As elective modules commonly studied on the LPC, such as Corporate Finance, Private Acquisitions and Debt Finance (amongst others) are not on the SQE programme, how should prospective trainees get their training in these areas if they aspire to join a corporate or city law firm?
In terms of skills and knowledge, the SQE is a minimum ‘floor’ not a maximum ‘ceiling.’ This essentially means that although passing the SQE ensures you meet the minimum standard required to practice, you may want to consider an SQE preparation course which allows you to add on electives and additional skills teaching to ensure you are best prepared for day one of your Qualifying Work Experience (‘QWE’). One such example is BPP’s SQE Master’s which incorporates ‘Essentials for Practice.’ This includes City-specific modules like the ones mentioned in the question (amongst others).
If you have done the LPC but have not secured a training contract, would you need to do the SQE as well?
LPC graduates can still qualify without needing to pass any of the SQE PROVIDED that they secure and complete a traditional training contract. If you have passed the LPC and don’t secure a traditional training contract, there is another way to qualify: you would need to pass SQE 2 and complete two years’ QWE.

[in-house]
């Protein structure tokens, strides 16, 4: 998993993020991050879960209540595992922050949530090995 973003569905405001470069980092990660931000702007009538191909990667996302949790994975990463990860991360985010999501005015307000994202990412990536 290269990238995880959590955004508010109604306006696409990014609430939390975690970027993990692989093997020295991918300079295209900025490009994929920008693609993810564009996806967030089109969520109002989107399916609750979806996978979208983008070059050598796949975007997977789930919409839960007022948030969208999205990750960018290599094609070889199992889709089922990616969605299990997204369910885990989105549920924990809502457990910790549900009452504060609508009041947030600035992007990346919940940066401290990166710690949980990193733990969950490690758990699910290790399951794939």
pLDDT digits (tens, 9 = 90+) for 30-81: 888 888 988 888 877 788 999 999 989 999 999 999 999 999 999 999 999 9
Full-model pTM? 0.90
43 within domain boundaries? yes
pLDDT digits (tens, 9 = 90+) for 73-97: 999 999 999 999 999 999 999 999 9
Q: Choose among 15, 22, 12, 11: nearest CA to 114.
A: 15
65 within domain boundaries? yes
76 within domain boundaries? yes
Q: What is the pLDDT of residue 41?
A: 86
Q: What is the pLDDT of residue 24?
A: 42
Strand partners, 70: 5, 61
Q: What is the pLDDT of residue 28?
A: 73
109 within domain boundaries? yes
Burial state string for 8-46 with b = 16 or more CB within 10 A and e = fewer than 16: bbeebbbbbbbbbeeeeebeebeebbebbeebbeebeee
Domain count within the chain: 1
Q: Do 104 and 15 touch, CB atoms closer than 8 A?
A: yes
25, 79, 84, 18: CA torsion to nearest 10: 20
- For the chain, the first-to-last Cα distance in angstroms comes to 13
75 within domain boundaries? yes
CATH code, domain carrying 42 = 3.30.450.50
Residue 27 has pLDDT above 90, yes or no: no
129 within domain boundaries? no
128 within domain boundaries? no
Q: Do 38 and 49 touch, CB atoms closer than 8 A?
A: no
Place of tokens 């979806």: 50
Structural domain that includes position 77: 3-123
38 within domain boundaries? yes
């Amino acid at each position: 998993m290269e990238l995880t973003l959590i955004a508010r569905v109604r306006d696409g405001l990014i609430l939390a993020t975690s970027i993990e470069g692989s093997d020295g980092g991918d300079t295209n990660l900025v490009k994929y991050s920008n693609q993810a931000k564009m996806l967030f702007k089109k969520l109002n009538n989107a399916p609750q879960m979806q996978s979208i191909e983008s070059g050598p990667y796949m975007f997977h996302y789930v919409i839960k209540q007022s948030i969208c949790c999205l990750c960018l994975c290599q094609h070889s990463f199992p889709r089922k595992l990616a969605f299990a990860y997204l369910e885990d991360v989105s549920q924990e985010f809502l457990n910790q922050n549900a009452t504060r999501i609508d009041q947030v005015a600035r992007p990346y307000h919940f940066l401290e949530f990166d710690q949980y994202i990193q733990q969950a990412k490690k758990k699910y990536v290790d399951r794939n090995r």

Do I have to do a preparation course to sit the SQE?
Although it is possible to sit the SQE without taking a suitable preparation course, it is not advisable. These are very high stakes exams with exam fees being £3,980. Only 53% of candidates passed the first sit of SQE 1 in November 2021, so you need as much preparation as you can get to maximise your chance of passing first time.
There are a variety of courses on offer which prepare you for the SQE. Some will be purely SQE preparation courses and others will allow you to add electives and additional skills teaching, similar to those included in the LPC syllabus. Many firms prefer candidates to have much more of a grounding in these additional areas than the relatively narrow SQE syllabus.
Since the SQE is relatively new, and there are only a few past papers so far, how can we and BPP ensure optimal prep for the exams?
At BPP we have spent over 5 years designing our SQE programmes to align with the SRA’s centralised SQE assessments. Our first SQE sitters [up to November 2022] have been two small cohorts of solicitor apprentices who have studied at BPP. They have had a very high pass rate for both SQE 1 and SQE 2 compared to the national average, the latter of which was 100% for all 15 who sat SQE 2. This indicates that the pedagogy we have adopted in designing our SQE preparation courses is working well and does, we believe, offer the best preparation for students who will be sitting the SQE.